Admission News

What is the State of College Parents After the First Month?

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Your child has now been an independent collegian for a whole month or more. How is she faring? More importantly how are YOU faring? Do you worry or feel out-of-the-know? Don’t over react. Here are some tips for making sure you are still a responsible parent but not an over anxious one!

Make sure you have a way to reach your college son even if he is not immediately reachable. That is, have on hand friends’ and room mates’ cell phone numbers so you can check if your son is AWOL. You may find he’s with his girlfriend or on a weekend hike with the Outdoor Club.

Remember, there is an in loco parentis policy still in effect at colleges and universities, even the biggest ones. Whole Student Affairs Departments devote themselves to helping parents and students and offering support services. Usually there are pamphlets or contact cards for such services at Open House or during summer orientation visits, but if you didn’t receive that information then, just give the Dean of Student Affairs Office a call and have it emailed or sent. Then, if something comes up, from trouble in a course to substance abuse to residential hall upsets to mental health problems, you will have someone at the university to work with you.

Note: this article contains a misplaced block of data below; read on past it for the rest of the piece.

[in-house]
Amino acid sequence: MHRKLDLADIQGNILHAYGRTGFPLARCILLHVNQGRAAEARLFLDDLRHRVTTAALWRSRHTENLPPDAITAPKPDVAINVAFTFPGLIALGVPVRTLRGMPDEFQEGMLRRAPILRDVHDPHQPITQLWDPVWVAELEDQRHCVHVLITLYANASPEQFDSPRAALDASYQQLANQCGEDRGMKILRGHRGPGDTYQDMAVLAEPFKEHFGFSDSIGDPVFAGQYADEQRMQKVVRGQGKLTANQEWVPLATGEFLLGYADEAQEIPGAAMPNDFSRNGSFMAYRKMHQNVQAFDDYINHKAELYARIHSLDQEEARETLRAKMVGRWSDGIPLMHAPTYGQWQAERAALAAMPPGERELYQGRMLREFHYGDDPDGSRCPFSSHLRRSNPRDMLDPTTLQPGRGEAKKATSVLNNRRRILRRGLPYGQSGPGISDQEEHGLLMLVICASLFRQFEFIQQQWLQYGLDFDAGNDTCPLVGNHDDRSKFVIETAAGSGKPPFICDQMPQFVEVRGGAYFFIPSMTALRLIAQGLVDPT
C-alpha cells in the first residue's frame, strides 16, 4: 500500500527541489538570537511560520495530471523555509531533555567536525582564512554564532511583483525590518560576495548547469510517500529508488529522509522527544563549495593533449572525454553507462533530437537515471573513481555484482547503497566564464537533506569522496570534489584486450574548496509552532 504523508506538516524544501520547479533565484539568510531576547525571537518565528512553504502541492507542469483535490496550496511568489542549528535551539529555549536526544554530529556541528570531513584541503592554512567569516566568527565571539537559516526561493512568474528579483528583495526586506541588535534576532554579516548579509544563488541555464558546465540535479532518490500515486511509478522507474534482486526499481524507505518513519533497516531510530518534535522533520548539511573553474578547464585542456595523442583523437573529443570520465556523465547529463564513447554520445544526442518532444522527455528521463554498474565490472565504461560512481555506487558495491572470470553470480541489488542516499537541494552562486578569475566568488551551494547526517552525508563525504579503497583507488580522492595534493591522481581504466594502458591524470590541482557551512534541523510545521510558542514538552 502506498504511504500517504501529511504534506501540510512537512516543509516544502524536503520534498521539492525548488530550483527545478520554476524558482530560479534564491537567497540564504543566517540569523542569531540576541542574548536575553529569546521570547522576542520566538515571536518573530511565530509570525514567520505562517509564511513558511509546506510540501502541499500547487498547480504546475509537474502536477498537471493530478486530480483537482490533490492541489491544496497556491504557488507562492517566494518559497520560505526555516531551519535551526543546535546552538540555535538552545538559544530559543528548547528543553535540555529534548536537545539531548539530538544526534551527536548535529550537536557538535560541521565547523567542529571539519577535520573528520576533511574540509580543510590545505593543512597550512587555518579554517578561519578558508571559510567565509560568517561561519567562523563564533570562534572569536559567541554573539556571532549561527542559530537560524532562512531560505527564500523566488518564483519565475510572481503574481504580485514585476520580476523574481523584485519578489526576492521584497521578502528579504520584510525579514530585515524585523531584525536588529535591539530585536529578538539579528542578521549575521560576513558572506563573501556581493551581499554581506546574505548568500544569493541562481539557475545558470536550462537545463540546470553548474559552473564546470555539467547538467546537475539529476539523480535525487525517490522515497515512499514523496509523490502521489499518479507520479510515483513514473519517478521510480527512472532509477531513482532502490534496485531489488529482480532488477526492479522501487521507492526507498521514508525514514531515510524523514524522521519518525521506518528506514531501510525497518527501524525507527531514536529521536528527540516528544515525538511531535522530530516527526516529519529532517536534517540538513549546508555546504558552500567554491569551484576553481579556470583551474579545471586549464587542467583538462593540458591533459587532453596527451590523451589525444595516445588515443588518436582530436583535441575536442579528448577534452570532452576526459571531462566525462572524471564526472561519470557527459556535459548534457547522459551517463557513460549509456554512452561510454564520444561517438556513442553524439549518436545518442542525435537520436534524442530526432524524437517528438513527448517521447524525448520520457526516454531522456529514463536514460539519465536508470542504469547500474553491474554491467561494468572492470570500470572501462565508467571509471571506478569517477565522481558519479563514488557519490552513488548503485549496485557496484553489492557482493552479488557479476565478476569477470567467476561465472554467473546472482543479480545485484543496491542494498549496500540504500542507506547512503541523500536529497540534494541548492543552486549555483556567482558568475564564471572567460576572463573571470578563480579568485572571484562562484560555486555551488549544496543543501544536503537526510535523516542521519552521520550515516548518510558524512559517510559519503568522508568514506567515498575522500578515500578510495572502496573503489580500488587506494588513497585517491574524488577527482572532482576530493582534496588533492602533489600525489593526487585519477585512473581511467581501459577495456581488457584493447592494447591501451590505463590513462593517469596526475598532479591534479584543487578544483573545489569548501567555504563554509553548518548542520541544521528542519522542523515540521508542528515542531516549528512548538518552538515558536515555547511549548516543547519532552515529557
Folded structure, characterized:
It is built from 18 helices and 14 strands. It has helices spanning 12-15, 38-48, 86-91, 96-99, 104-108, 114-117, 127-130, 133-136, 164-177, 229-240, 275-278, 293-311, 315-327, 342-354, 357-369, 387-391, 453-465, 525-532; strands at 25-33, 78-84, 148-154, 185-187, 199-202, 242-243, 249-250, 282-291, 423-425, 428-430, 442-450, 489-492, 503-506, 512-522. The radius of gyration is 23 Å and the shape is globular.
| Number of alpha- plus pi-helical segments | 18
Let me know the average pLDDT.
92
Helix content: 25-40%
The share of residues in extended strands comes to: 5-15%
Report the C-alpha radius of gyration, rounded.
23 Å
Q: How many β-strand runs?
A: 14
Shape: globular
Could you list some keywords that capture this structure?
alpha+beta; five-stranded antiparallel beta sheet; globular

Finally, just wait and take a deep breath. Major issues can dissolve into something your daughter can handle well by herself if you give it a chance to settle out. It might even be better for your college daughter to have the opportunity to sort it out on her own. Maybe she really only wants you to listen and not act…yet. One day is a good amount of time to see if you are truly needed.

College Basics has many good pieces of advice for parents, and the book The Naked Roommate: And 107 Other Issues You Might Run Into in College may be of help.